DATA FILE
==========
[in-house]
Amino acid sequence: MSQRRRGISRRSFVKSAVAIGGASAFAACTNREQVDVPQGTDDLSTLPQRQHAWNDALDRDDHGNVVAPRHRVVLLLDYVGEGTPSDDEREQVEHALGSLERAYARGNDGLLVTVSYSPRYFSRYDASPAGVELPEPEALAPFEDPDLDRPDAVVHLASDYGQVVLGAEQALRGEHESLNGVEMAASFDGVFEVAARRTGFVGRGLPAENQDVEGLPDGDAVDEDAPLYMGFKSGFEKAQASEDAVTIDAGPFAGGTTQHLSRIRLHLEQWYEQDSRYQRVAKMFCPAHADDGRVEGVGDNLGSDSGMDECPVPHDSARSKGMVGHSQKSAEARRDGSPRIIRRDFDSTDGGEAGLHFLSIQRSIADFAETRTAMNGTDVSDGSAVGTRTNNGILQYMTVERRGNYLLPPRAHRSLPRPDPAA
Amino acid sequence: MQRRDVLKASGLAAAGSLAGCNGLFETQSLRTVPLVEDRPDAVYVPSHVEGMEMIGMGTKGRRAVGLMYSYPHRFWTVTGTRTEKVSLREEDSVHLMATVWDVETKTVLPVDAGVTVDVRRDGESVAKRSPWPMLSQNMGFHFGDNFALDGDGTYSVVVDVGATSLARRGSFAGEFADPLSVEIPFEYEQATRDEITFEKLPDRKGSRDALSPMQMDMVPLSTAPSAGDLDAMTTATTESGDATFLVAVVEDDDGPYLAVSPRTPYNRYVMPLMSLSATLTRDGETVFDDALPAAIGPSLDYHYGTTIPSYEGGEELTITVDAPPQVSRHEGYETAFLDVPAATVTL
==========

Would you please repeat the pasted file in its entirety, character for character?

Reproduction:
[in-house]
Amino acid sequence: MSQRRRGISRRSFVKSAVAIGGASAFAACTNREQVDVPQGTDDLSTLPQRQHAWNDALDRDDHGNVVAPRHRVVLLLDYVGEGTPSDDEREQVEHALGSLERAYARGNDGLLVTVSYSPRYFSRYDASPAGVELPEPEALAPFEDPDLDRPDAVVHLASDYGQVVLGAEQALRGEHESLNGVEMAASFDGVFEVAARRTGFVGRGLPAENQDVEGLPDGDAVDEDAPLYMGFKSGFEKAQASEDAVTIDAGPFAGGTTQHLSRIRLHLEQWYEQDSRYQRVAKMFCPAHADDGRVEGVGDNLGSDSGMDECPVPHDSARSKGMVGHSQKSAEARRDGSPRIIRRDFDSTDGGEAGLHFLSIQRSIADFAETRTAMNGTDVSDGSAVGTRTNNGILQYMTVERRGNYLLPPRAHRSLPRPDPAA
Amino acid sequence: MQRRDVLKASGLAAAGSLAGCNGLFETQSLRTVPLVEDRPDAVYVPSHVEGMEMIGMGTKGRRAVGLMYSYPHRFWTVTGTRTEKVSLREEDSVHLMATVWDVETKTVLPVDAGVTVDVRRDGESVAKRSPWPMLSQNMGFHFGDNFALDGDGTYSVVVDVGATSLARRGSFAGEFADPLSVEIPFEYEQATRDEITFEKLPDRKGSRDALSPMQMDMVPLSTAPSAGDLDAMTTATTESGDATFLVAVVEDDDGPYLAVSPRTPYNRYVMPLMSLSATLTRDGETVFDDALPAAIGPSLDYHYGTTIPSYEGGEELTITVDAPPQVSRHEGYETAFLDVPAATVTL